What the agreement of the Article 6 rules means relies very much on how countries plan to use the mechanisms to implement their NDCs. Some countries, such as the UK, do not plan to use international carbon credits in the achievement of their NDC’s. The Committee on Climate Change in the UK has consistently argued that international carbon credits should only be used as an additional lever to support climate mitigation action internationally, in addition to domestic delivery of the legislated carbon budgets. It is particularly important, at a time when domestic action on climate is absolutely critical, that countries should not allow these mechanisms to distract them from achieving as much domestic mitigation as possible. However, those countries not explicitly using Article 6 - such as the UK - will still need to be mindful of the emerging mechanisms. For example, if the UK wishes to link the UK ETS to other countries in future, these transactions will fall under Article 6.2. 

And what next? 

For those countries that have stated their intention to use Article 6, they will now need to flesh out the detail of how they wish to participate in these mechanisms. Switzerland is an early mover on operationalising Article 6 and may prove a useful model to other countries. It is almost certain that participation in Article 6 mechanisms will require dedicated resources and committed governmental capacity building to ensure its effectively implementation.  

There are opportunities for new and ambitious mitigation projects that contribute to sustainable development to be funded through Article 6. However, a balance must be achieved between maximum participation internationally, and rigorous baselining and accounting methodologies. Many developing countries could not participate in the CDM as project developers did not have the capacity to apply the required methodologies for their projects. Support will be required to ensure that projects are not excluded on this basis in the future. 

For now, businesses will need to continue to exercise caution when purchasing carbon credits to offset their residual emissions, given the range of quality in the current market. Article 6 rules do not apply to the Voluntary Carbon Market, but there is provision for private entities to participate in the Article 6.4 marketplace, where a corresponding adjustment for emission reductions will apply. With the agreement of the Article 6 rules and the output of Mark Carney’s Taskforce on Scaling Voluntary Carbon Markets, the standards and governance of carbon credits in the voluntary market is set to improve, but this will take time to establish and filter through.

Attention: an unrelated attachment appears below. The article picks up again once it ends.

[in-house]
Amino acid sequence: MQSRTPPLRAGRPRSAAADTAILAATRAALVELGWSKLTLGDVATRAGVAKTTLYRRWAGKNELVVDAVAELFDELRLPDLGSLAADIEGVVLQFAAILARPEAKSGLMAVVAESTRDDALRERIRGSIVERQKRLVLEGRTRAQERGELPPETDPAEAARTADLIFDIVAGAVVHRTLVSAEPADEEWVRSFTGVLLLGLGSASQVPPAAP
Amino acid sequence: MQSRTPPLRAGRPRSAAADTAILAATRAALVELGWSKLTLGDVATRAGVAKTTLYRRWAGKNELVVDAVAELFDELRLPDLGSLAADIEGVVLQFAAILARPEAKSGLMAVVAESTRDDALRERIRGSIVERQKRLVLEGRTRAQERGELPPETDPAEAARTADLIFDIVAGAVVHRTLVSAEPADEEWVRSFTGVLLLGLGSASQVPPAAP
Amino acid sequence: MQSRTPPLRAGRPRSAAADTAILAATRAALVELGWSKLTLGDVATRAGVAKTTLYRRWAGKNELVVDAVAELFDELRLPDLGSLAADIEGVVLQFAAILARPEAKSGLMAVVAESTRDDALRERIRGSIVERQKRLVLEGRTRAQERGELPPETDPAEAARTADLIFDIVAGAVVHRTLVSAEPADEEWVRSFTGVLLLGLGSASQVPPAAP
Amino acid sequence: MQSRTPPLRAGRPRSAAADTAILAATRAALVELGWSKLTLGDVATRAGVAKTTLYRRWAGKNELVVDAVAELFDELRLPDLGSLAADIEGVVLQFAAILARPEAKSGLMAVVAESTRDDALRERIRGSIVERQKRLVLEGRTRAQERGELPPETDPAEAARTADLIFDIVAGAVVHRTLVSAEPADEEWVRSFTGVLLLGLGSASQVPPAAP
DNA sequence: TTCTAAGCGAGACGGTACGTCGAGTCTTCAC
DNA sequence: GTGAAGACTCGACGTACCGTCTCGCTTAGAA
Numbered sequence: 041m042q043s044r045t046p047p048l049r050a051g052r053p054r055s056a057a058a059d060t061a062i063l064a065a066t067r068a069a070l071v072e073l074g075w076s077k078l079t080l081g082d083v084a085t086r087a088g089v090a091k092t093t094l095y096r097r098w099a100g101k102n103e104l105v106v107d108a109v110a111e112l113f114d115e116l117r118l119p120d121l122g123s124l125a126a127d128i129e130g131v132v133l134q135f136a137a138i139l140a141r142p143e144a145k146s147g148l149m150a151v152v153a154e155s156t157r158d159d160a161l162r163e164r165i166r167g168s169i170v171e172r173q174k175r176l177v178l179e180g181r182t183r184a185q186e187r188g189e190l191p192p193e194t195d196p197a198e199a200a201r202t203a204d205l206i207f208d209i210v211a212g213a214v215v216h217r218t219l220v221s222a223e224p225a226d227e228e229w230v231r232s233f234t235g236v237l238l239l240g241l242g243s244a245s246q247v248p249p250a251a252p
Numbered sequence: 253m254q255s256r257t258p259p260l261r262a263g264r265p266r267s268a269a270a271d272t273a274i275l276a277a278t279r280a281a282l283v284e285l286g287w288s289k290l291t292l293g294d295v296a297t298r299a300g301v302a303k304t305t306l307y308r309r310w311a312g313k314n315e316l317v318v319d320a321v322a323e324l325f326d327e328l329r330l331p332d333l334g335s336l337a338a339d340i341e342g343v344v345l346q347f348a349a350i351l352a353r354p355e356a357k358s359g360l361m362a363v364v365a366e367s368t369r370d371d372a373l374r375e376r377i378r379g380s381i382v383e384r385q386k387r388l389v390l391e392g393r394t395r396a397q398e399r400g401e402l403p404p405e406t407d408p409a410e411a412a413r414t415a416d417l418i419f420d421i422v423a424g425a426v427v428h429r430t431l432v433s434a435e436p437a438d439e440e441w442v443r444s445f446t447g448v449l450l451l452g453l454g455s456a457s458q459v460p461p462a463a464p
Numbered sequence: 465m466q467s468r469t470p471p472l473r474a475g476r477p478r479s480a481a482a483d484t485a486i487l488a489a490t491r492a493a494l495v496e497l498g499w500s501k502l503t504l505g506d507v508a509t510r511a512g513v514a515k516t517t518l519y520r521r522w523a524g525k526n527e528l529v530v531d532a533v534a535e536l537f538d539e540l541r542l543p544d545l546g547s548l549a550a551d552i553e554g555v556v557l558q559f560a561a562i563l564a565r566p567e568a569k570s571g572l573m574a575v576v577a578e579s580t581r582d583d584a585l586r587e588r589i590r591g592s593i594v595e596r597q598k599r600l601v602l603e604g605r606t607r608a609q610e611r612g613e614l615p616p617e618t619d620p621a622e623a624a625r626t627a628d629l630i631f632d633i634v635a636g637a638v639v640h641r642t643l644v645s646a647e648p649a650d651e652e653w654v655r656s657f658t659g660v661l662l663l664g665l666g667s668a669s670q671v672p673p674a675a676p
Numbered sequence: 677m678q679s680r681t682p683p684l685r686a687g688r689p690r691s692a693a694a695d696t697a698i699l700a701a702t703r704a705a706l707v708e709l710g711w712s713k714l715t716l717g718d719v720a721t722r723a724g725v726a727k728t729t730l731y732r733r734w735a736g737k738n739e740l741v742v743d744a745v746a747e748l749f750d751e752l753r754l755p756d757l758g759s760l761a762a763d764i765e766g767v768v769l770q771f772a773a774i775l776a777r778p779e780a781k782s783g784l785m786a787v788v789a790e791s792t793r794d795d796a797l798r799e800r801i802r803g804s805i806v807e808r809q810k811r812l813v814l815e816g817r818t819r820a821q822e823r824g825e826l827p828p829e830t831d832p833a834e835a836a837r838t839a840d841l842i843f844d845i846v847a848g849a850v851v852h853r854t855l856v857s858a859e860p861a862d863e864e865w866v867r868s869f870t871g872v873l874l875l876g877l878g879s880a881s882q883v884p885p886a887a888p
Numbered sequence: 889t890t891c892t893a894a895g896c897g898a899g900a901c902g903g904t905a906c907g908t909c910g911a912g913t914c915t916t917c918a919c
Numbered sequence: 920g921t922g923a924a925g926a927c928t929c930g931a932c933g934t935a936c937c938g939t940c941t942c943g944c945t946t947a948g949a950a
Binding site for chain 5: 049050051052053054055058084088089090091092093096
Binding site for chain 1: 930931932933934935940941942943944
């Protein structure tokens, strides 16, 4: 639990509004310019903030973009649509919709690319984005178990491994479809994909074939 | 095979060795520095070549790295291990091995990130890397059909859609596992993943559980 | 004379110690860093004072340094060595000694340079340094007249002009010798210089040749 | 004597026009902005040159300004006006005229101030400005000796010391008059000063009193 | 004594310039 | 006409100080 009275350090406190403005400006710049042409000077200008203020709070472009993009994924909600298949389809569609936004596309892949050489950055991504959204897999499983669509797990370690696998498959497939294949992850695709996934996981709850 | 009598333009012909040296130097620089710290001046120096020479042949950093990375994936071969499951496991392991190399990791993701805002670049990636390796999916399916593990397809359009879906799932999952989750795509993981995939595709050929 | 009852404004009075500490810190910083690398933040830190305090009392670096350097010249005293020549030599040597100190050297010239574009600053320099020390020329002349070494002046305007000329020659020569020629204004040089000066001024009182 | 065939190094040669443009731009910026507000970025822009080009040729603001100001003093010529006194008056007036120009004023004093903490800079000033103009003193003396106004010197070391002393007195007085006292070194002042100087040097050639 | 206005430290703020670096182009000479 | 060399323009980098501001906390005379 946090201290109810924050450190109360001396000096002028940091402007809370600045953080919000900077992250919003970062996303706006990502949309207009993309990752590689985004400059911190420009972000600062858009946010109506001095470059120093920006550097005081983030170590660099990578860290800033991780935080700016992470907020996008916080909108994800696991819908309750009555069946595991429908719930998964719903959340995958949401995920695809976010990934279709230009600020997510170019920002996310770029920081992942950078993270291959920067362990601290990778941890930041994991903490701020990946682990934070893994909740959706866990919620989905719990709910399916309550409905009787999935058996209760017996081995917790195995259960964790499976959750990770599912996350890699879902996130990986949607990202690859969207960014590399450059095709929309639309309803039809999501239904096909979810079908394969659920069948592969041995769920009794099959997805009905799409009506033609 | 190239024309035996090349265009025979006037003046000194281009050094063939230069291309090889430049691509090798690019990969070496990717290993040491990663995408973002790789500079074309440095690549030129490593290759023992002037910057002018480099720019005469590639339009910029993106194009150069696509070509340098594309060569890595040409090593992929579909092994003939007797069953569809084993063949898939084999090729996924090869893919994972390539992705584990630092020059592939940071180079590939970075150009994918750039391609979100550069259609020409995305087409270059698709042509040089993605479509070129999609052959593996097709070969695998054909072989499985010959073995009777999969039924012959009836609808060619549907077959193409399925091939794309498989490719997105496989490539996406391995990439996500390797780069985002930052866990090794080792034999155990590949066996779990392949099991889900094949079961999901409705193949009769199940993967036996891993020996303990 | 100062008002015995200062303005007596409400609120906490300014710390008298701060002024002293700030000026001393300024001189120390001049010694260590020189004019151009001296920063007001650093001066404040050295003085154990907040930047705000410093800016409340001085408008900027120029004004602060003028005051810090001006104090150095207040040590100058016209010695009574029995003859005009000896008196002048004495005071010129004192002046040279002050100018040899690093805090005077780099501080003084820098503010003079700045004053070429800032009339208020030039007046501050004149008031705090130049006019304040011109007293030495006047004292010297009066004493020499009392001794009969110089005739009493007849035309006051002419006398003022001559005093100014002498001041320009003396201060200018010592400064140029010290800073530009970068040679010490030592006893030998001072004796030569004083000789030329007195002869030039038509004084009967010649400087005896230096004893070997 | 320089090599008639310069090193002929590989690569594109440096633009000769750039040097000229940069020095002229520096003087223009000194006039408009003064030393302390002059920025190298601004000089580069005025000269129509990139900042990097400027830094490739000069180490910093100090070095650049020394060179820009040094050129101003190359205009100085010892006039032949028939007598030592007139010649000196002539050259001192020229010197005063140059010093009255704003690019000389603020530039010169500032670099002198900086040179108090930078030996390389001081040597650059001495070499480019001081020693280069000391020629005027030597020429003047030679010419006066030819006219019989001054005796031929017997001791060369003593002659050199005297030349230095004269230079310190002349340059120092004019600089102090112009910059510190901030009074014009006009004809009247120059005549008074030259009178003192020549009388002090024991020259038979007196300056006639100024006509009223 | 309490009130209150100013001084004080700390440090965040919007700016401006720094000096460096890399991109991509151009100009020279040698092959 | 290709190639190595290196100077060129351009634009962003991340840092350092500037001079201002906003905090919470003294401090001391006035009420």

Endnote – Key areas of compromise on Article 6

  • Corresponding adjustments. The rules state that a corresponding adjustment, to avoid double counting, will apply to all units authorised for transfer under Article 6.2 and 6.4, whether they are inside or outside of the host countries NDC. 
  • Carry over from the Clean Development Mechanism. Certified Emissions Reductions (CERs) produced between 2013 – 2020 may be used against countries’ first Nationally Determined Contributions. The most ambitious outcome here would have been for no carry over to occur. This compromise allows an additional 320 million tonnes of CO27 into the Paris Agreement NDCs and is a significant win for Brazil in particular, who is host to large proportion of these credits. The benefit is that this will maintain a flow of finance to developing nations, until the Article 6.4 mechanism is established. However, it will be for buyers to do their due diligence and ensure the integrity of the credits they are purchasing in order to avoid greenwashing claims.
  • Overall mitigation. A key element of the negotiations for Small Island Developing States was to ensure that Article 6 contributed to an overall increase in mitigation. This has been built into the Article 6.4, by a cancellation of 2% of credits. This will not apply for Article 6.2, where concerns were raised about how this would work in practice for an ETS.
  • Share of proceeds. Another key element for developing countries was the share of proceeds for adaptation. The Adaptation Fund was financed through a share of proceeds until the CDM and at the time of its 10th anniversary in 2017 has committed $462 million for adaptation projects in 73 countries8. The new Article 6.4 mechanism will apply a rate of 5% to be taken from issuances on their first transfer. No fixed rate will apply to Article 6.2 transactions, but countries will be encouraged to make a voluntary contribution to the Adaptation Fund.

  4.  As per Article 12 of the Kyoto Protocol -  
  6. The Article 6.2 rules defines ITMOs as a real, verified and additional emissions reduction or removal which could be measured as a tCO2e or in a non-Greenhouse Gas metric and is internationally transferred.